A remarkable young talent
With a complex musical vision grounded in gorgeous melody, San Diego pianist Danny Green's new CD shows an artist drawing on modernist threads from Art Tatum to Dave Brubeck to Keith Jarrett while never getting too far out there. He also paints everything with a slight pan-Caribbean groove think a younger Monty Alexander.
The 11 tracks here are all straight-ahead jazz, and display a nicely developed ability to change up tempo. On the faster pieces, Green's left hand propels everything along with a charismatic urgency. Slow it down, and he shows a wonderful touch at lingering over a note, over a space, a pause.
Green takes most of the leads on various keyboards acoustic piano, Fender Rhodes, melodica. Acoustic piano seems the best fit for his playing, providing him a richness of palette with which to create his solos. Equal parts percussive attack and thematic improvisation, Green's solos rework the main melody of a song without abandoning the thread. And he more than holds his own on the tracks where he's joined by North County jazz fixture Tripp Sprague on soprano sax. The rhythm section of bassist Justin Grinnell, drummer Dylan Savage and percussionist Allan Phillips is so solid they could never be said to be extraneous, but so strong is Green's own rhythmic foundation on piano that surely a solo album lies in his future.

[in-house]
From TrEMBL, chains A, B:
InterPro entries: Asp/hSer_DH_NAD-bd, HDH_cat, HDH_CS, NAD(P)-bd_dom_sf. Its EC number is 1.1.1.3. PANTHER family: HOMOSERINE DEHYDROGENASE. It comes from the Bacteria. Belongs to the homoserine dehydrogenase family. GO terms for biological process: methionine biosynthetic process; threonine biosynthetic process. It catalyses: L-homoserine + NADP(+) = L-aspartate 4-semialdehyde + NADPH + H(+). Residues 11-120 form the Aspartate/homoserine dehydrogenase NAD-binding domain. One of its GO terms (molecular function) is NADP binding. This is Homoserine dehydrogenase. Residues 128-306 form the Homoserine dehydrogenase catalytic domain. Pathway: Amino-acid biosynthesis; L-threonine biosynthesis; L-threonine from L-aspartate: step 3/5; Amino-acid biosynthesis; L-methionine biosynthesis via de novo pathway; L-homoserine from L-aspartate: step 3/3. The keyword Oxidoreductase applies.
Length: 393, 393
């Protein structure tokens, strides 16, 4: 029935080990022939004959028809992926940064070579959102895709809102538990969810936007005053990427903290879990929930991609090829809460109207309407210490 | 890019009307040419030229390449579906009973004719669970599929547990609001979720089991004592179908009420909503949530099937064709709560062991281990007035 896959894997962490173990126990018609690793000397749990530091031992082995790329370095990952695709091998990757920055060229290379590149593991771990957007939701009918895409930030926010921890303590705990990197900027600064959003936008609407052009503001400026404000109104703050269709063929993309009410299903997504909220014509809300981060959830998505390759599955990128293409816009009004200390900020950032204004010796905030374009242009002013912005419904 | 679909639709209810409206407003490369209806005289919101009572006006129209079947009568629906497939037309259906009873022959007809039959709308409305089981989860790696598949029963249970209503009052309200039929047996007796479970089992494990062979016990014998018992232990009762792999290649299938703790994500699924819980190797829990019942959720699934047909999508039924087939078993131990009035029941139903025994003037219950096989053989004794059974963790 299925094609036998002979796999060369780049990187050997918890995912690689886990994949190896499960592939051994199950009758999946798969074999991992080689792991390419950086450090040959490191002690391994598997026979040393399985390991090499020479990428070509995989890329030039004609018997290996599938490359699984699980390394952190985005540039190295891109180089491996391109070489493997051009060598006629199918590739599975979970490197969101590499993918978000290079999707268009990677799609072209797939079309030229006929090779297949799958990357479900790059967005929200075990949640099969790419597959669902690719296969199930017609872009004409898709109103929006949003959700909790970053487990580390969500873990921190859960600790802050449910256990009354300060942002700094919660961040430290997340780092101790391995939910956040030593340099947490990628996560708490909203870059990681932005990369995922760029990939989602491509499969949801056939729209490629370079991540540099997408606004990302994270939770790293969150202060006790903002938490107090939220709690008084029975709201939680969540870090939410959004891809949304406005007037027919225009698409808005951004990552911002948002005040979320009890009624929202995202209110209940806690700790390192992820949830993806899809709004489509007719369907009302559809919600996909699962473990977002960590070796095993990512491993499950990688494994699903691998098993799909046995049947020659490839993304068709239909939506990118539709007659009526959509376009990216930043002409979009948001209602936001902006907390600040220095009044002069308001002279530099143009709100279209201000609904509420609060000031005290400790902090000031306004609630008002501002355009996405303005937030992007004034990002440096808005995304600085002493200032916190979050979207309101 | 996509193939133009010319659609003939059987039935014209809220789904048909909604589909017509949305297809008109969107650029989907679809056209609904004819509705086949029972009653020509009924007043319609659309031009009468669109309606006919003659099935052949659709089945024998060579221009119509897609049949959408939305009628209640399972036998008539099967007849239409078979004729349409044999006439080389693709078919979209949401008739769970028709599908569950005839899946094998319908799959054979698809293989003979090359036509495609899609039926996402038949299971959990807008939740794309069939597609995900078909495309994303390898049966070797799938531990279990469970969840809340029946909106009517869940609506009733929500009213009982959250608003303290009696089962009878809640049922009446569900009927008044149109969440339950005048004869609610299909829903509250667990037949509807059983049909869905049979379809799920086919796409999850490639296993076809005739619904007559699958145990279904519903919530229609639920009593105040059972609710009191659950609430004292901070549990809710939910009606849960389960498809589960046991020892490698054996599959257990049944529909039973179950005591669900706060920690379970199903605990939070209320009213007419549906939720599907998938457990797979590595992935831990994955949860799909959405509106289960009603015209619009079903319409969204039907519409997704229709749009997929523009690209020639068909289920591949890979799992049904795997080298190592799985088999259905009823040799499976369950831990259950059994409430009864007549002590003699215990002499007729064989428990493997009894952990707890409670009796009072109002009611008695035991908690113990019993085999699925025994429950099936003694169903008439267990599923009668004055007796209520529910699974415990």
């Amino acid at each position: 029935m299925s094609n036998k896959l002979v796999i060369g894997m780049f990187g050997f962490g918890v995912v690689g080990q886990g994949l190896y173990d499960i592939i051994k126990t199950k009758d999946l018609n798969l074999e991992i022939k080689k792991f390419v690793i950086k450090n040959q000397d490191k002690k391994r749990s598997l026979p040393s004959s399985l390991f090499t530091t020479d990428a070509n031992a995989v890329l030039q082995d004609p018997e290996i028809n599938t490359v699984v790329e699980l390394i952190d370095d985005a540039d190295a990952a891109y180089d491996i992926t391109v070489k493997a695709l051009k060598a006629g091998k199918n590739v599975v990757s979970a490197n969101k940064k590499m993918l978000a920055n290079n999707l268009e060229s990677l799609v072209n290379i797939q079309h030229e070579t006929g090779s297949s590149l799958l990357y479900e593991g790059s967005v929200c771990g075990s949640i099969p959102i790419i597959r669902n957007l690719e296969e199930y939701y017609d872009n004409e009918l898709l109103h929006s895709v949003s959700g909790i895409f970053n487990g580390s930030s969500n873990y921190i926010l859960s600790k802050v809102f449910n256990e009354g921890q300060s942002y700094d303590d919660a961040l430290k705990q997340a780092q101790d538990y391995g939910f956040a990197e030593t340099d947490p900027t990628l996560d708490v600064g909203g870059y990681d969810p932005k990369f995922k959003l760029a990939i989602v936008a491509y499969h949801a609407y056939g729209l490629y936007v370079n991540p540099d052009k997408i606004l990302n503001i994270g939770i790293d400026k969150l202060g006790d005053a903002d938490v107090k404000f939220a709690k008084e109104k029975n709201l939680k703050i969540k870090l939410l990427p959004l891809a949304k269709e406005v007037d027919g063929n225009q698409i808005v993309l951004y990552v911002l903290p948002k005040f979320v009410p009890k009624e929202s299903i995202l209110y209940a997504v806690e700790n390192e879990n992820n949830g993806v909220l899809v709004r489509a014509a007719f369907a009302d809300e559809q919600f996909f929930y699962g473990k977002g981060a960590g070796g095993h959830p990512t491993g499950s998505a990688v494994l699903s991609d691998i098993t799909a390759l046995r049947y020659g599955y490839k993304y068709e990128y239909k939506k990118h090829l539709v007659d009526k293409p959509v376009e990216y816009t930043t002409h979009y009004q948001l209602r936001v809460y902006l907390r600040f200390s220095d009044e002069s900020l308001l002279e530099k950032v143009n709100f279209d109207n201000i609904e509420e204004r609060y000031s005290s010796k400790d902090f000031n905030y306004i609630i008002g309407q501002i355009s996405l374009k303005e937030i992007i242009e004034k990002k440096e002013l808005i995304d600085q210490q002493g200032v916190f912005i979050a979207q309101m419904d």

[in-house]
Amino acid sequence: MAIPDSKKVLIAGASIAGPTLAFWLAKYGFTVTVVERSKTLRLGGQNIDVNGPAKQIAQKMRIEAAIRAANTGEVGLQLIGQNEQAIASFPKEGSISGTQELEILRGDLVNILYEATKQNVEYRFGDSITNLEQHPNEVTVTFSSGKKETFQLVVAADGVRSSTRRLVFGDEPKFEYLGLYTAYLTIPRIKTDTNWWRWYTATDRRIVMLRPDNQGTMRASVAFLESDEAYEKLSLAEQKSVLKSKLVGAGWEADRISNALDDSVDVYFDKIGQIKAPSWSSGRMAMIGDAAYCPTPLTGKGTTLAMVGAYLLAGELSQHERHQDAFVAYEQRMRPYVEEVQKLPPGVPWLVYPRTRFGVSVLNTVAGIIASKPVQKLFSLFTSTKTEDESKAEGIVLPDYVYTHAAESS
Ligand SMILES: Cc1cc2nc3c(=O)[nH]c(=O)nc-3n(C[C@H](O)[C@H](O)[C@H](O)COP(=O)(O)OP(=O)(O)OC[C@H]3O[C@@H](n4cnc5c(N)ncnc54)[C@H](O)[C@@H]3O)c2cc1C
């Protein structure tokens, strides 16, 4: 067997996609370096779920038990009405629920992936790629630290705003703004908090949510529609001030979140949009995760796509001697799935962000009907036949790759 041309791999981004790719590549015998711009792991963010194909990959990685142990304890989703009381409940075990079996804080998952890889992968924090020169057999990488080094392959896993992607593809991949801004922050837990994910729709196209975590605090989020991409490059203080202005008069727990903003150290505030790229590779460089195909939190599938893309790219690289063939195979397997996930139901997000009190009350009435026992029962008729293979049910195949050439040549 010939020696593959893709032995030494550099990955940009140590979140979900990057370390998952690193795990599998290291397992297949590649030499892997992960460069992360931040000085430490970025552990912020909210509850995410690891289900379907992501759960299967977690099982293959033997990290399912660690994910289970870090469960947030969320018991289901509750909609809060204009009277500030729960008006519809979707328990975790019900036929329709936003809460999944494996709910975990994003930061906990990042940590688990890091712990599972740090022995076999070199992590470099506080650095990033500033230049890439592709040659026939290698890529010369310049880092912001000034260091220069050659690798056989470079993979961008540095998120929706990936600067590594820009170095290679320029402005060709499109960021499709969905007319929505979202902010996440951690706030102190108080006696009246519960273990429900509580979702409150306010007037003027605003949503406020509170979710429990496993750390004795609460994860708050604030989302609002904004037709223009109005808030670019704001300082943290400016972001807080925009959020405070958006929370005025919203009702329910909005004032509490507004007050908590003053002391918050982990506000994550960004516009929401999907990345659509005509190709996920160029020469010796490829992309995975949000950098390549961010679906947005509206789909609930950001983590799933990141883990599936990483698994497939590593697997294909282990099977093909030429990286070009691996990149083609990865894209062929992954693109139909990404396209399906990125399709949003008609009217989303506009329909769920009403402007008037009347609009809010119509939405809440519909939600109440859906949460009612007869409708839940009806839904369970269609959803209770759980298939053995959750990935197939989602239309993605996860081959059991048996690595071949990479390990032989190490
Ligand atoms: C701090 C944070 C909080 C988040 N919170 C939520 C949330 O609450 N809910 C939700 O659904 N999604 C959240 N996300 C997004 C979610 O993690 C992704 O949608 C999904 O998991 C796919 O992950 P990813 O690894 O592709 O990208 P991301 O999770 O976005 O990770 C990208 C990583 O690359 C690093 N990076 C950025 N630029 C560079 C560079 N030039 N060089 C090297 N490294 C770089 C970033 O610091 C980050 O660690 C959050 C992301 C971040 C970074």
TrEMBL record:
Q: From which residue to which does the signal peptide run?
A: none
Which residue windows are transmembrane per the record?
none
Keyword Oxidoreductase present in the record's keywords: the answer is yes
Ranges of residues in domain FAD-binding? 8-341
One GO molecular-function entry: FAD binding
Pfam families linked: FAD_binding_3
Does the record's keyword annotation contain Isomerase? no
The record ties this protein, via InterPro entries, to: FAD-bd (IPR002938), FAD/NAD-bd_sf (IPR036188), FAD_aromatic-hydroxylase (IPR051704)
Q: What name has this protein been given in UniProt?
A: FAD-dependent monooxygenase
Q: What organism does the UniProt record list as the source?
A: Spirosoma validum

All but one of the songs were written by Green (the lone cover being of Danilo Perez's "Suite for the Americas"), and all display a timeless elegance and grace. Most would have fit comfortably on classic albums by any of the artists listed above.
He doesn't seem to play out much, at least not as leader, but judging by the evidence of this disc Danny Green is a remarkable young talent who is already among the very best jazz musicians in San Diego.
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